The "Definition of Chinese Comfort Food" is an A+ Way to Eat Eggs for Dinner

August 15, 2016

Eggs-for-dinner needn't be considered a concession to the dinner gods constraints of a normal person's life.

For nights when you really do want eggs but don't want the lurking should-have-made-chicken feelings, there's Fan Qie Chao Dan, which recipe creator Cooking of Joy calls "the definition of real Chinese comfort food."

It checks off all the eggs-for-dinner boxes—savory, satisfying, made in one pan, and on the table in 10 minutes, including chopping and measuring—but it's a complete meal. And one that lets you show off those August tomatoes.

How to make it your own:

  • Add herbs (cilantro, even basil or Thai basil) and sesame seeds.
  • Make the eggs as creamy and soft or as firm and brown as you'd like.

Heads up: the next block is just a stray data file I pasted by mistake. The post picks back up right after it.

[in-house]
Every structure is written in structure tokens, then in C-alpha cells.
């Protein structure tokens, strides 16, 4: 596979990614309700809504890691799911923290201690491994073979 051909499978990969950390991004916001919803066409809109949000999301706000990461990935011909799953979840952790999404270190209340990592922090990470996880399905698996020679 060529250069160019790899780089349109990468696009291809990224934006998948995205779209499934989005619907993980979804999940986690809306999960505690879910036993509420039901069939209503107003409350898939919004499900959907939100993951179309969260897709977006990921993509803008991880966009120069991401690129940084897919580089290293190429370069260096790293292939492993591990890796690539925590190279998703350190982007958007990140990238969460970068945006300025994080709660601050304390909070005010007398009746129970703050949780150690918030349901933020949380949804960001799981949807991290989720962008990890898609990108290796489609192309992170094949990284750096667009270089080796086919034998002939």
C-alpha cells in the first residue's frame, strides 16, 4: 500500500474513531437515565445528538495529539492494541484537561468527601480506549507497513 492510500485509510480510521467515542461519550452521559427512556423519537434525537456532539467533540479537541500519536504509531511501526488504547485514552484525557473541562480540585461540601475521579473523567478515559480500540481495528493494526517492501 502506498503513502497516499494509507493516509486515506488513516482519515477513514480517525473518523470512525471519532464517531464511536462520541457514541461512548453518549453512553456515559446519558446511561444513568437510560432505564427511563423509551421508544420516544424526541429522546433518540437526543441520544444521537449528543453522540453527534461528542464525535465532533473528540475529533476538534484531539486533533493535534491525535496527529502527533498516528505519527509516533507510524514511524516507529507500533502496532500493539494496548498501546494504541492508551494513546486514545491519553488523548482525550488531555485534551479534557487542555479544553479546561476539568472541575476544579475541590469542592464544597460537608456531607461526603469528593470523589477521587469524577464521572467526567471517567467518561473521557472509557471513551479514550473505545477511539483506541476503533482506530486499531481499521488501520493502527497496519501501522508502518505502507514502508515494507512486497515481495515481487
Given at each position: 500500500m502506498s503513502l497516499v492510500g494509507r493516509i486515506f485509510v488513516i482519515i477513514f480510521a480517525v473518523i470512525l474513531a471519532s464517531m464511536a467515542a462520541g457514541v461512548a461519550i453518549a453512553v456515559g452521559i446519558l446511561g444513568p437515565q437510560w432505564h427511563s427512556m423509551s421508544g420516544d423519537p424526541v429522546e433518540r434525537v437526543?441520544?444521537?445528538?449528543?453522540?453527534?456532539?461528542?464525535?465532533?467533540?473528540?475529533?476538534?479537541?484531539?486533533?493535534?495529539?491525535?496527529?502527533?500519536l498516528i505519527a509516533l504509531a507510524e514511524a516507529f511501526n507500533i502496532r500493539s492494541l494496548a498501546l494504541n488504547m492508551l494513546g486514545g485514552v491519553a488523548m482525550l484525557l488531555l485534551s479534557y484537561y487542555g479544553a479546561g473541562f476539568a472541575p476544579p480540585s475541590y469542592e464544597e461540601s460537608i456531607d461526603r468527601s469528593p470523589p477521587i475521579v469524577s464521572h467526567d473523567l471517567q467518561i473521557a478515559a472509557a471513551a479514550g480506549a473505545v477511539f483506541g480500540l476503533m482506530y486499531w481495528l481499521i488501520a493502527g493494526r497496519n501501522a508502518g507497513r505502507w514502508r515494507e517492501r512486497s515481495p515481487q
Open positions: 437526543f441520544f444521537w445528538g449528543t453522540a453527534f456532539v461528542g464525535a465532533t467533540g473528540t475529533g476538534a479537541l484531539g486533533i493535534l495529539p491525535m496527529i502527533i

• Use onion or spring onion in place of the scallions.
  • If you don't have rice wine, substitute dry sherry and a pinch of sugar and or dry white wine, if you're in a pinch.
  • If you don't have rice wine vinegar, try apple cider vinegar and a little sugar.
  • Wilt greens like kale or mizuna or spinach and fold in at the end, right before you add the eggs.
  • Used canned tomatoes! You just might have to cook them for a bit more time so that the liquid reduces.
  • Make extra rice so that you can fry it, or freeze it, or turn it into a crust for a savory pie.

What's your preferred eggs-for-dinner dinner? Tell us in the comments!

See what other Food52 readers are saying.

  • Matilda Luk
    Matilda Luk
  • PHIL
  • HalfPint
I used to work at Food52. I'm probably the person who picked all of the cookie dough out of the cookie dough ice cream.


Matilda L. August 16, 2016
This my favorite food growing up! My mother used to add ketchup to hothouse tomatoes in the winter, to augment their flavor. She also tossed in garlic chives. Yum.
PHIL August 15, 2016
Does Pad Thai count? I like to put extra egg in it. Also, Bi Bim Bap with fried egg on top.
HalfPint August 15, 2016
My preferred Eggs for Dinner: crispy fried (with a liquid-y yolk) over hot cooked rice, with a generous splash of soy sauce.